Find out why Hari Kondabolu thinks migrants’ stories matter and how we all have a role in confronting xenophobia.

Alene and Eli

Love has no boundaries. Listen to Alene share her dreams and story with her teenage son, Eli. How far would you go to support someone you love?

Hari and Uma Kondabolu

Hari Kondabolu and his mother, Uma Kondabolu, discuss growing up amongst diversity, facing bullying and how to stand up for what is right.

Moussa and Robert

The bonds of friendship transcend borders and continents. Moussa and Robert speak about their love of music, enduring dangerous journeys, and show us how shared values bring us closer together.

Brian Chang

Disregard for human rights and dignity compel many individuals across the world to migrate. Listen to Brian reflect on the reasons why he left his country.

Vanessa and Paula

When we migrate we often leave our loved ones behind and for many migrants this separation can be difficult to overcome. Listen to Vanessa and Paula reflect on why their family means so much to them.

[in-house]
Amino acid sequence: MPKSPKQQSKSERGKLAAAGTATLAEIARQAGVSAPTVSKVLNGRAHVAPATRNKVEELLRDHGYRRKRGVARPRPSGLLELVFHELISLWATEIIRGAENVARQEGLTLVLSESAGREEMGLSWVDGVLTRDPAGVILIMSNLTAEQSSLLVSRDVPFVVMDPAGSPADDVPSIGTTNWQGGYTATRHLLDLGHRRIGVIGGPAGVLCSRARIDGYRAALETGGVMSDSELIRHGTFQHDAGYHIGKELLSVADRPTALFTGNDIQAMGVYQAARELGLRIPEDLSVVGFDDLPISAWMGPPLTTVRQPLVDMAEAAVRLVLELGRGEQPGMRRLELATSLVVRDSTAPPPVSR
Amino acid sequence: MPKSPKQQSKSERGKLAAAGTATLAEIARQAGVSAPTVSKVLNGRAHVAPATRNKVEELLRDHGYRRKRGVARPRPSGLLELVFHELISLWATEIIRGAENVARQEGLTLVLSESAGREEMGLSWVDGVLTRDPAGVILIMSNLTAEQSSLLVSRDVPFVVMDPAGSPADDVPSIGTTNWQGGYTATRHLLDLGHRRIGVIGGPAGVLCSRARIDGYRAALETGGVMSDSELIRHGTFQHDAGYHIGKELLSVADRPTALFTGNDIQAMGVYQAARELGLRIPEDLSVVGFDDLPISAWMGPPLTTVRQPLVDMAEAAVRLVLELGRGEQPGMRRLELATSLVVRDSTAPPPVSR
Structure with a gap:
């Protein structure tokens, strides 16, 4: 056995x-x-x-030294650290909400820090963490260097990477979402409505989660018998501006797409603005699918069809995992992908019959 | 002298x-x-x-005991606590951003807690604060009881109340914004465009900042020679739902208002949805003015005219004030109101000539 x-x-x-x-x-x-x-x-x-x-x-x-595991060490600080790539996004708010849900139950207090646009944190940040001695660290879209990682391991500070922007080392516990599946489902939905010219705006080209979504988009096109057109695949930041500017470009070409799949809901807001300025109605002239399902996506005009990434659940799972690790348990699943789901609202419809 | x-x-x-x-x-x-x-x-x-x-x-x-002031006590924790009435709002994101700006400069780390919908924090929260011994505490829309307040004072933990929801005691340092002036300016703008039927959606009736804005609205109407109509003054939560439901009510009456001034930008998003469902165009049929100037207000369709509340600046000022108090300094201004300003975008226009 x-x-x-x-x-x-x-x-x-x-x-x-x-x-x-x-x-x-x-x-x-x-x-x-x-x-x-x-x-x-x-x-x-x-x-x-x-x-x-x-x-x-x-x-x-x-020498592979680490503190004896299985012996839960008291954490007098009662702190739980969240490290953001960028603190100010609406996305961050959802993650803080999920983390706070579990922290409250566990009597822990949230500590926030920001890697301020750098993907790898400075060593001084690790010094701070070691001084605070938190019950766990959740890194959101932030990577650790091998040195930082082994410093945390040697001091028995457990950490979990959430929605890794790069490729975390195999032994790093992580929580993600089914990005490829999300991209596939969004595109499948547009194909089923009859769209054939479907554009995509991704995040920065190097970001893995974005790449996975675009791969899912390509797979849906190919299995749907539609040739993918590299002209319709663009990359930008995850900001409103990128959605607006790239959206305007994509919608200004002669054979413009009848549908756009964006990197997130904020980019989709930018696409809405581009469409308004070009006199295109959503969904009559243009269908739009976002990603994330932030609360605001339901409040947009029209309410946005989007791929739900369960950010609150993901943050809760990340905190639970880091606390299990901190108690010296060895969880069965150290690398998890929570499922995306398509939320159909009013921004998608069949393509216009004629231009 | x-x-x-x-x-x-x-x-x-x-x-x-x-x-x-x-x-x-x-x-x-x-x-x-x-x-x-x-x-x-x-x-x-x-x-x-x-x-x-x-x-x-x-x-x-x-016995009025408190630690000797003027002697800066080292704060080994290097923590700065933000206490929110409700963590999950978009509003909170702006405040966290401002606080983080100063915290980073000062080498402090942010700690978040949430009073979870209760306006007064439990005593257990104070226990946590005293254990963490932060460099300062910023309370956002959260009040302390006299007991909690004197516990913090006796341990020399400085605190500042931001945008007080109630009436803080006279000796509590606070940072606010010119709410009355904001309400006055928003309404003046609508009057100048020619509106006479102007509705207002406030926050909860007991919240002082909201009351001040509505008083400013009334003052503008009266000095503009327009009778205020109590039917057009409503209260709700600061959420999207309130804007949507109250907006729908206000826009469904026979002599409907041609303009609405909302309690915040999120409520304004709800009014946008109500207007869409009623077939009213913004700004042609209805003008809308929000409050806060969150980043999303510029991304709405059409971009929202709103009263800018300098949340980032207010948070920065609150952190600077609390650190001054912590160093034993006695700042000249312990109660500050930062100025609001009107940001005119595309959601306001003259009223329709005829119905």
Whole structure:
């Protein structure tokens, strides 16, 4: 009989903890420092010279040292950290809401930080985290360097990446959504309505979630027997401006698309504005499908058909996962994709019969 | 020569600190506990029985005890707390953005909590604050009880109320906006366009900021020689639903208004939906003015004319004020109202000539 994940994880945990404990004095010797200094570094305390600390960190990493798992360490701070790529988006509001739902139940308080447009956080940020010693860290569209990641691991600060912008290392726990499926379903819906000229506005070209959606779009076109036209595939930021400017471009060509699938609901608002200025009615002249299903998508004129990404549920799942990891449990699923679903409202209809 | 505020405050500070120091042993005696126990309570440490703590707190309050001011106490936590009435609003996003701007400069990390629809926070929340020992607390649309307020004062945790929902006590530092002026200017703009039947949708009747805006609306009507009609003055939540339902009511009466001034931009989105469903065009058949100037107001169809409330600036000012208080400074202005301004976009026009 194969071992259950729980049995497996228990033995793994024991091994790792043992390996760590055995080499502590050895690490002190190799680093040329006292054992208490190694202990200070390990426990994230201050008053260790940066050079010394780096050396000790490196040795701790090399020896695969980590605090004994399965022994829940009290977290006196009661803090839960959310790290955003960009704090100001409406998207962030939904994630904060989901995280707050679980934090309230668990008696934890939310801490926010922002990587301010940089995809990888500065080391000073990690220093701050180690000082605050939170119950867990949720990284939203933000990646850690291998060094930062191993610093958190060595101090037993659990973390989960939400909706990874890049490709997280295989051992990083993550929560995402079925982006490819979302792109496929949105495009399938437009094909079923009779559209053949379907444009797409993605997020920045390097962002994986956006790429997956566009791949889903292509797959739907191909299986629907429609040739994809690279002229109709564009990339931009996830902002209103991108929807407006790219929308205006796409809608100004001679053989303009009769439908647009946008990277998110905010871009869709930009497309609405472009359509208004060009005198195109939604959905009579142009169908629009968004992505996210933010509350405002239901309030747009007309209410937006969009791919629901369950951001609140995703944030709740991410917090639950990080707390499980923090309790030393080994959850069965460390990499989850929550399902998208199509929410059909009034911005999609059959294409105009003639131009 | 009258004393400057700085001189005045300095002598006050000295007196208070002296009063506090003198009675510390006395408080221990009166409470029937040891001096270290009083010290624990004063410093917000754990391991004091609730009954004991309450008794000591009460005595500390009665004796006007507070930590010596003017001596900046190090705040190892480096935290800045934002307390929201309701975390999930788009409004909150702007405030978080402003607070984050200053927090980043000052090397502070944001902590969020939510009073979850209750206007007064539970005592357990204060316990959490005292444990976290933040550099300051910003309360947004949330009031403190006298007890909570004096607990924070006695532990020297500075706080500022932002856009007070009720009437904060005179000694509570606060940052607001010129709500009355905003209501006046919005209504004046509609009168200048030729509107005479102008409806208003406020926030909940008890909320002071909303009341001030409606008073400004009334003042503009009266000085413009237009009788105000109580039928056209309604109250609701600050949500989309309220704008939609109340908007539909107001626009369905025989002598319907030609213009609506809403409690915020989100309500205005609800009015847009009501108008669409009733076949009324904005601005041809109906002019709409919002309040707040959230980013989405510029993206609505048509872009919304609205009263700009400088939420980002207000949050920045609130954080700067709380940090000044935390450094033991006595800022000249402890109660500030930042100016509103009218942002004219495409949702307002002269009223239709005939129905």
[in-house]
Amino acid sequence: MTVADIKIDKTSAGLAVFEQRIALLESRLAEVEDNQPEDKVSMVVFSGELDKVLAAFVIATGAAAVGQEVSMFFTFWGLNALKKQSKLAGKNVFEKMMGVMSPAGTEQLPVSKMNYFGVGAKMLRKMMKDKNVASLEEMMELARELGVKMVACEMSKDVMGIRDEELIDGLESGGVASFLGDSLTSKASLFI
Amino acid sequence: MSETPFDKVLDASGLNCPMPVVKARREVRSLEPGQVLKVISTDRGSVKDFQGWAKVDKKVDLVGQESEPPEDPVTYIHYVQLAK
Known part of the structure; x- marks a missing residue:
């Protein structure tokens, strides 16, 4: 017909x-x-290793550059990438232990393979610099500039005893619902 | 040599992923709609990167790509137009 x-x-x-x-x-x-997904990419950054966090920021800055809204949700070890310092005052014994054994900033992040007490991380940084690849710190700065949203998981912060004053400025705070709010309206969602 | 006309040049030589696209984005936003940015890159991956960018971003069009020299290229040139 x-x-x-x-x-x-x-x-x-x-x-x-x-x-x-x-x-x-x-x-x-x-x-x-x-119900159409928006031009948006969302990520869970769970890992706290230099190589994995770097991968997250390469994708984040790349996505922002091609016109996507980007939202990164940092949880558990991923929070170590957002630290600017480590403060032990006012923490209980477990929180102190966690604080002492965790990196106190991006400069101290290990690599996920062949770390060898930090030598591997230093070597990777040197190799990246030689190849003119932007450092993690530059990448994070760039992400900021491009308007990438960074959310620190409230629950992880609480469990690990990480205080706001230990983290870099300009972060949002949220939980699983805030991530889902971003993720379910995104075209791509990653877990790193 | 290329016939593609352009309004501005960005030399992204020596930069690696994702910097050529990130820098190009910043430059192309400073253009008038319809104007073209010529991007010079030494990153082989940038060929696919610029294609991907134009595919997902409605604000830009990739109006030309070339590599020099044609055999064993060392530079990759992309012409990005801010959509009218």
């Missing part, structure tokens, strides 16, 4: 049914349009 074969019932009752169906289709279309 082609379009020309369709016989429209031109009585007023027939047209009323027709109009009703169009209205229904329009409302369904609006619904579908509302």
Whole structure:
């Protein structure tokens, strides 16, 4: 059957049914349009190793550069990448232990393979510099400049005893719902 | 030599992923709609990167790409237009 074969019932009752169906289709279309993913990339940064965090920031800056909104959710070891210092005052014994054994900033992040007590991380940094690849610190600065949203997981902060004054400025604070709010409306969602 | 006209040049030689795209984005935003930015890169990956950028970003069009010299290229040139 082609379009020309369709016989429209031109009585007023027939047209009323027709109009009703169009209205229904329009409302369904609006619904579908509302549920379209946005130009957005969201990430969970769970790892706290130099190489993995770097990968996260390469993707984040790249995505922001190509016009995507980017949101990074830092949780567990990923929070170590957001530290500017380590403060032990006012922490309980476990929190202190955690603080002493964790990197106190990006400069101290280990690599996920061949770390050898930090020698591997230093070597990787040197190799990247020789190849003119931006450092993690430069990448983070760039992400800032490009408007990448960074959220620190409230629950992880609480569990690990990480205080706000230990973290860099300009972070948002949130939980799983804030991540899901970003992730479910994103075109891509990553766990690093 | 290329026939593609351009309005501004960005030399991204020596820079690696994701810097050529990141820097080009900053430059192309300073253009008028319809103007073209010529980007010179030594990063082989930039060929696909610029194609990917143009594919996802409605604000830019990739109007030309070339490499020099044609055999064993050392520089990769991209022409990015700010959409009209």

Migrant stories are our stories

As we look back on our video series, we realize these aren't just migrant stories, they are human stories. They are OUR stories. A big thanks to @harikondabolu and everyone who shared their stories with us. Join us and #StandUp4Migrants #StandUp4HumanRights!

Rodrigo, Montse and Isaac

Three siblings reminisce on their childhood, their father’s work ethic and generosity of spirit, and their desire to go to college.


Samir and Adlane

Listen to the conversation between Samir and Adlane, a father and son, who explain what it means to migrate. What would you do to have a good education?

Carlos

Carlos shares what it’s like to be in an irregular situation and the challenges he faces in enjoying his human rights.

Hanaa

Hanaa's migration story is one of empowerment, of how migration has enabled her to overcome a disability, move forward and be free.


Marielle

Marielle has lived and worked abroad for years, but in an irregular situation. Listen to the paradox she lives with every day – being both visible and invisible to society.



Jeannette et Jean-Jacques

Jeannette and Jean-Jacques are friends who have faced many hardships as migrants but they do not believe that returning to their country is an option.



Mai Na and Choua

A community's warm welcome means so much to migrants. Find out about Mai Na and Choua's experience and encourage your community to be welcoming.



Social media

Check out our posts on  Facebook and Twitter.